Generic Name: porfimer (POR-fi-mer)
Brand Name: Photofrin
Photofrin is used for:
Relieving symptoms of esophageal cancer in certain patients and treating a certain type of lung cancer in certain patients. It is also used to treat a certain esophagus problem (Barrett esophagus) in certain patients. It is used in combination with laser light therapy.
Photofrin is an antineoplastic. It works by binding to cancer cells that are then exposed to laser light, which damages and sometimes kills the cancer cells.
Do NOT use Photofrin if:
- you are allergic to any ingredient in Photofrin
- you have the blood disorder porphyria
- you have an abnormal passage between the esophagus and trachea or windpipe or emergency breathing problems due to a bronchial lesion obstructing airflow
- you have a tumor involving a major blood vessel
- you have an ulcer in your esophagus, or swollen veins in the esophagus or stomach
Contact your doctor or health care provider right away if any of these apply to you.
Before using Photofrin:
Some medical conditions may interact with Photofrin. Tell your doctor or pharmacist if you have any medical conditions, especially if any of the following apply to you:
- if you are pregnant, planning to become pregnant, or are breast-feeding
- if you are taking any prescription or nonprescription medicine, herbal preparation, or dietary supplement
- if you have allergies to medicines, foods, or other substances
- if you have heart or blood vessel problems, kidney problems, or liver problems, or you are dehydrated
- if you have had or will be having radiation treatment
- if you have had surgery or will be confined to a bed or chair for a period of time
Some MEDICINES MAY INTERACT with Photofrin. Tell your health care provider if you are taking any other medicines, especially any of the following:
- Photosensitizing agents (eg, tetracyclines, such as doxycycline; sulfonamides, such as sulfamethoxazole; phenothiazines, such as chlorpromazine; sulfonylureas, such as glyburide; thiazide diuretics, such as hydrochlorothiazide; griseofulvin; fluoroquinolone antibiotics, such as ciprofloxacin) because the risk of photosensitivity reactions may be increased
This may not be a complete list of all interactions that may occur. Ask your health care provider if Photofrin may interact with other medicines that you take. Check with your health care provider before you start, stop, or change the dose of any medicine.
How to use Photofrin:
Use Photofrin as directed by your doctor. Check the label on the medicine for exact dosing instructions.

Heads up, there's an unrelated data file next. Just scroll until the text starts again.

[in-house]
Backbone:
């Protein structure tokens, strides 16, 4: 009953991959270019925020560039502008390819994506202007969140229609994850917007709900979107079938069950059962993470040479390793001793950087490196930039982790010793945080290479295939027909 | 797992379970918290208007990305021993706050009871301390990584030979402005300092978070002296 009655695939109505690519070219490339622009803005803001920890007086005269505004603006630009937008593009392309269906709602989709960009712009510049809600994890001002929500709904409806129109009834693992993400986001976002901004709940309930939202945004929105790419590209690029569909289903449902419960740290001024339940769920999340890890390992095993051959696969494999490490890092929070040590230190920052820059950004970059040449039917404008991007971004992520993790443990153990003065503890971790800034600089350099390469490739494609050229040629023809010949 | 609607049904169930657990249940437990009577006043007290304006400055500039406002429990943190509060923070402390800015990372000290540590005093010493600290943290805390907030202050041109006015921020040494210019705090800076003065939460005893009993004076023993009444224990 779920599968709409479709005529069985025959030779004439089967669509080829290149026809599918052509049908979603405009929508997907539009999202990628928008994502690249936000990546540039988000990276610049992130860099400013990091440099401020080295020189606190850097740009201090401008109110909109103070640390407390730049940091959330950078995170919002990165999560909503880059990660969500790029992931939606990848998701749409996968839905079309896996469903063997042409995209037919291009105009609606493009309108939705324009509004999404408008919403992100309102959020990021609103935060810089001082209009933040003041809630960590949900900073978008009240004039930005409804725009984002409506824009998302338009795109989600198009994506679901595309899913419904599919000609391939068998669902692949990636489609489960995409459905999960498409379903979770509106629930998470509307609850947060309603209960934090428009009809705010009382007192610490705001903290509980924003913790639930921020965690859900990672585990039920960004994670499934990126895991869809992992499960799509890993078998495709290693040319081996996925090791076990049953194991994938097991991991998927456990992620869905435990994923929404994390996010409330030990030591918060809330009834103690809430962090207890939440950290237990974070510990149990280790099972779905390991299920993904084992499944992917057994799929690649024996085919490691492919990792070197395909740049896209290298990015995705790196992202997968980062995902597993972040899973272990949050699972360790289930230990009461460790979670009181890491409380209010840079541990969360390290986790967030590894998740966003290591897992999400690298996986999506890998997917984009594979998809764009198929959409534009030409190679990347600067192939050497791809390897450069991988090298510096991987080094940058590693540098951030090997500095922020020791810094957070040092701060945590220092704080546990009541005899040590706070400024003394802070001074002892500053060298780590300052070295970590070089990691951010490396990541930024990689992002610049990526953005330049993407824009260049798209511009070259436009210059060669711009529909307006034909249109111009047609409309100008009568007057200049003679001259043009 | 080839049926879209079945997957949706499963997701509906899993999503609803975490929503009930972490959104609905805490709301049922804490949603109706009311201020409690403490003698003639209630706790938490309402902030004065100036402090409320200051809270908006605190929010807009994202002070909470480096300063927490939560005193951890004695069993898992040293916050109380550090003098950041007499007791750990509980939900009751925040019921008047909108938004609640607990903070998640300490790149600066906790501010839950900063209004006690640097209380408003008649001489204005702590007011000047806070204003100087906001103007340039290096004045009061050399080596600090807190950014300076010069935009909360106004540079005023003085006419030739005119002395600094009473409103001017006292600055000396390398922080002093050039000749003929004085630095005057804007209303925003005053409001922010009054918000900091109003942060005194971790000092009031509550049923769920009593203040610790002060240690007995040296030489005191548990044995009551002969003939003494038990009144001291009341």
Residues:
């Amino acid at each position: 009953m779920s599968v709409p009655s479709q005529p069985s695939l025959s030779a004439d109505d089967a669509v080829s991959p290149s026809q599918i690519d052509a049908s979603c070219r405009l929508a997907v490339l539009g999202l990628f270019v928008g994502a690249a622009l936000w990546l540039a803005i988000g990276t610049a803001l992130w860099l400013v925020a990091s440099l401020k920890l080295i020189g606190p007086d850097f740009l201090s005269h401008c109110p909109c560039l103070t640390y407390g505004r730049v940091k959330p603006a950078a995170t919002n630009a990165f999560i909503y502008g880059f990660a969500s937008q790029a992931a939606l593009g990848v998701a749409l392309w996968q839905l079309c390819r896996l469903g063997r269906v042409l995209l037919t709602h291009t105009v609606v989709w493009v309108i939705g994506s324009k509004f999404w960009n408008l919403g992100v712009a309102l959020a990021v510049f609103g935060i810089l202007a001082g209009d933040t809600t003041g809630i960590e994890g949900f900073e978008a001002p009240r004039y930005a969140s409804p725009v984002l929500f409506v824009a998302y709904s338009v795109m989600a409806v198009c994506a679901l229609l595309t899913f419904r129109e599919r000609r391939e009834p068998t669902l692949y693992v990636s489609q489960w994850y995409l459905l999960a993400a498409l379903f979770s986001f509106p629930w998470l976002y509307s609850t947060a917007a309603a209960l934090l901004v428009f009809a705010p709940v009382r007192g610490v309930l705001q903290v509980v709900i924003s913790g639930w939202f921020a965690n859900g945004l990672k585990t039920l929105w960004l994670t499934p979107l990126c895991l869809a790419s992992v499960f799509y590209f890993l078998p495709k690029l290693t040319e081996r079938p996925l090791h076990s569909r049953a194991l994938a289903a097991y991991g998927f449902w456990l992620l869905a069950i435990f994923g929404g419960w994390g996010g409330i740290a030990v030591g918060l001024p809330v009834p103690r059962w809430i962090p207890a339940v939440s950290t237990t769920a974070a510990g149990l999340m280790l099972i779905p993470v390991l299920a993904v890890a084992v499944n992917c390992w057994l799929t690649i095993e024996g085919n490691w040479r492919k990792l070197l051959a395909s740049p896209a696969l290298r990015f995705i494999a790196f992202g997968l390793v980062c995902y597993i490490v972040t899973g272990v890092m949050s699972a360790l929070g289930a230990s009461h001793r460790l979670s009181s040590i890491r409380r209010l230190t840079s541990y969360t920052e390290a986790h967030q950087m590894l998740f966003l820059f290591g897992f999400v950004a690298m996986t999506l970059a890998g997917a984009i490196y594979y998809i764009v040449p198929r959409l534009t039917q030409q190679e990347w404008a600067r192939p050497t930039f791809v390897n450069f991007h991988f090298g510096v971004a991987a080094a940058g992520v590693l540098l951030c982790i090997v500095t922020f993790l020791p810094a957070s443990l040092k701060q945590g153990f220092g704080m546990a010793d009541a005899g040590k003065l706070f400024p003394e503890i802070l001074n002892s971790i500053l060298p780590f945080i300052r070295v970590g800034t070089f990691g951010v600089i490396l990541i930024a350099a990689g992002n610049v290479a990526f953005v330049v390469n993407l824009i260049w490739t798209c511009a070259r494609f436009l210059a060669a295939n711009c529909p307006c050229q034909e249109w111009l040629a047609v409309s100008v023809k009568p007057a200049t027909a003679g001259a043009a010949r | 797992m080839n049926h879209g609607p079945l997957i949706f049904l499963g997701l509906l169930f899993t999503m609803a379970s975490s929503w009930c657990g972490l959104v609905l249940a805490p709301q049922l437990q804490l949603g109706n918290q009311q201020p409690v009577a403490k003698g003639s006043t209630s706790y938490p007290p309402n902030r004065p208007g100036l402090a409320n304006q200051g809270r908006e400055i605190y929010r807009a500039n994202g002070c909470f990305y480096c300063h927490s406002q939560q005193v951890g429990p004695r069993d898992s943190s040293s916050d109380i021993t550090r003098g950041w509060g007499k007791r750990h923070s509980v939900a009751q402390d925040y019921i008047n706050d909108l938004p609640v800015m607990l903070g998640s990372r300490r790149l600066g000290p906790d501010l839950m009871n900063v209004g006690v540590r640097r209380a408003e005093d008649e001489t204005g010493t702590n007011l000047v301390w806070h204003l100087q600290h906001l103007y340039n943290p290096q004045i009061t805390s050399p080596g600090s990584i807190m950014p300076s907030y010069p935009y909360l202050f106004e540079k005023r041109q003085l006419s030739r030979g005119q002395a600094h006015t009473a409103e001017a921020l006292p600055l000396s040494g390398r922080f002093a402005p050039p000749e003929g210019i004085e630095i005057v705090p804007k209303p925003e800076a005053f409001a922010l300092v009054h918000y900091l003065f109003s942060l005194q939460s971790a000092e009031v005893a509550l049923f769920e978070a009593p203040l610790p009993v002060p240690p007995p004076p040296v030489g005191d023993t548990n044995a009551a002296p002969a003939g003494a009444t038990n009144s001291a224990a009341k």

- Photofrin is administered as an injection at your doctor's office, hospital, or clinic. Ask your health care provider any questions that you may have about Photofrin.
- If you miss a dose of Photofrin, contact your doctor right away.
Ask your health care provider any questions you may have about how to use Photofrin.
Important safety information:
- Photofrin will make your eyes and skin extremely sensitive to sunlight and intense indoor light (eg, dental lamps, unshaded light bulbs) for at least 30 days. Sensitivity may last up to 90 days or more after treatment. For at least 30 days after receiving Photofrin and laser light treatment, it is important to protect your eyes and skin from exposure to sunlight or brightly focused indoor light. Do not avoid all indoor light, just intense light. Sunscreens, even those with high SPF factors, will not provide adequate protection from sunlight. After 30 days, expose a small area of skin to the sun for 10 minutes. If your skin turns red, swells, or blisters within 24 hours after exposure to sunlight, avoid the sun for 2 weeks before retesting. The tissue around the eyes may be very sensitive; do not use the face for testing. If you travel to an area that has stronger sunlight, test your skin before exposure to the stronger sunlight. Discuss any questions or concerns with your doctor.
- Do not use heating pads while being treated with Photofrin. Applying heat may cause skin redness and blistering.
- Sunlight, bright lights, and car headlights may cause eye discomfort while you are taking Photofrin. Wear dark sunglasses outdoors for at least 30 days and until eye sensitivity resolves after receiving Photofrin.
- If nausea, loss of appetite, vomiting, or diarrhea occurs, you will need to take care not to become dehydrated. Contact your doctor for instructions on how to lessen these effects.
- Lab tests, including biopsies of treated tissues, may be performed while you use Photofrin. These tests may be used to monitor your condition or check for side effects. Be sure to keep all doctor and lab appointments.
- Photofrin should be used with extreme caution in CHILDREN; safety and effectiveness in children have not been confirmed.
- PREGNANCY and BREAST-FEEDING: It is not known if Photofrin can cause harm to the fetus. If you become pregnant, contact your doctor. You will need to discuss the benefits and risks of using Photofrin while you are pregnant. It is not known if this medicine is found in breast milk. Do not breast-feed while taking Photofrin.